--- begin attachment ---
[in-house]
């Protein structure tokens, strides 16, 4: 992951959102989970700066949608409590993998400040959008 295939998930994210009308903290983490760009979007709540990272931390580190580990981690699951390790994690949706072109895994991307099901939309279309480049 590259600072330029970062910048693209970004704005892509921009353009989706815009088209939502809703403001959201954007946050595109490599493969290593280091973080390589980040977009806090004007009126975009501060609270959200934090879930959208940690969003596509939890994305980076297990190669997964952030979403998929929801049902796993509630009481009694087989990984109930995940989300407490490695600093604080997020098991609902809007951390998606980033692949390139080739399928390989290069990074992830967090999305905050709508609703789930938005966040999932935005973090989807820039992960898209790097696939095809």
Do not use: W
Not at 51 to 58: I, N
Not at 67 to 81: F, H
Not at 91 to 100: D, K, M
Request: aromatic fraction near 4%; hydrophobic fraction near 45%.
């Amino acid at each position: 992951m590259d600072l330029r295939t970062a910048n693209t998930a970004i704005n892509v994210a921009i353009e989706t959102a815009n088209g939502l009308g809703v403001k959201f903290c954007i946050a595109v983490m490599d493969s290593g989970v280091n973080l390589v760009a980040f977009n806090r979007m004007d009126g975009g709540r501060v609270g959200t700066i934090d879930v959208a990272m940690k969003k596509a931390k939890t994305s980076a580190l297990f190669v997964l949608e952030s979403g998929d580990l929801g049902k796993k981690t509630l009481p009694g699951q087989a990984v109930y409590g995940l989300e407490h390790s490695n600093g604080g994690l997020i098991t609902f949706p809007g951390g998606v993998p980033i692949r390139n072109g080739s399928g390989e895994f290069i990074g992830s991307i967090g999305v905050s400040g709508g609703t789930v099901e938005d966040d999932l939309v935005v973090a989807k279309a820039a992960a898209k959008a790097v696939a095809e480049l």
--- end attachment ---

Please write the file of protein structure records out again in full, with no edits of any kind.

[in-house]
């Protein structure tokens, strides 16, 4: 992951959102989970700066949608409590993998400040959008 295939998930994210009308903290983490760009979007709540990272931390580190580990981690699951390790994690949706072109895994991307099901939309279309480049 590259600072330029970062910048693209970004704005892509921009353009989706815009088209939502809703403001959201954007946050595109490599493969290593280091973080390589980040977009806090004007009126975009501060609270959200934090879930959208940690969003596509939890994305980076297990190669997964952030979403998929929801049902796993509630009481009694087989990984109930995940989300407490490695600093604080997020098991609902809007951390998606980033692949390139080739399928390989290069990074992830967090999305905050709508609703789930938005966040999932935005973090989807820039992960898209790097696939095809």
Do not use: W
Not at 51 to 58: I, N
Not at 67 to 81: F, H
Not at 91 to 100: D, K, M
Request: aromatic fraction near 4%; hydrophobic fraction near 45%.
């Amino acid at each position: 992951m590259d600072l330029r295939t970062a910048n693209t998930a970004i704005n892509v994210a921009i353009e989706t959102a815009n088209g939502l009308g809703v403001k959201f903290c954007i946050a595109v983490m490599d493969s290593g989970v280091n973080l390589v760009a980040f977009n806090r979007m004007d009126g975009g709540r501060v609270g959200t700066i934090d879930v959208a990272m940690k969003k596509a931390k939890t994305s980076a580190l297990f190669v997964l949608e952030s979403g998929d580990l929801g049902k796993k981690t509630l009481p009694g699951q087989a990984v109930y409590g995940l989300e407490h390790s490695n600093g604080g994690l997020i098991t609902f949706p809007g951390g998606v993998p980033i692949r390139n072109g080739s399928g390989e895994f290069i990074g992830s991307i967090g999305v905050s400040g709508g609703t789930v099901e938005d966040d999932l939309v935005v973090a989807k279309a820039a992960a898209k959008a790097v696939a095809e480049l």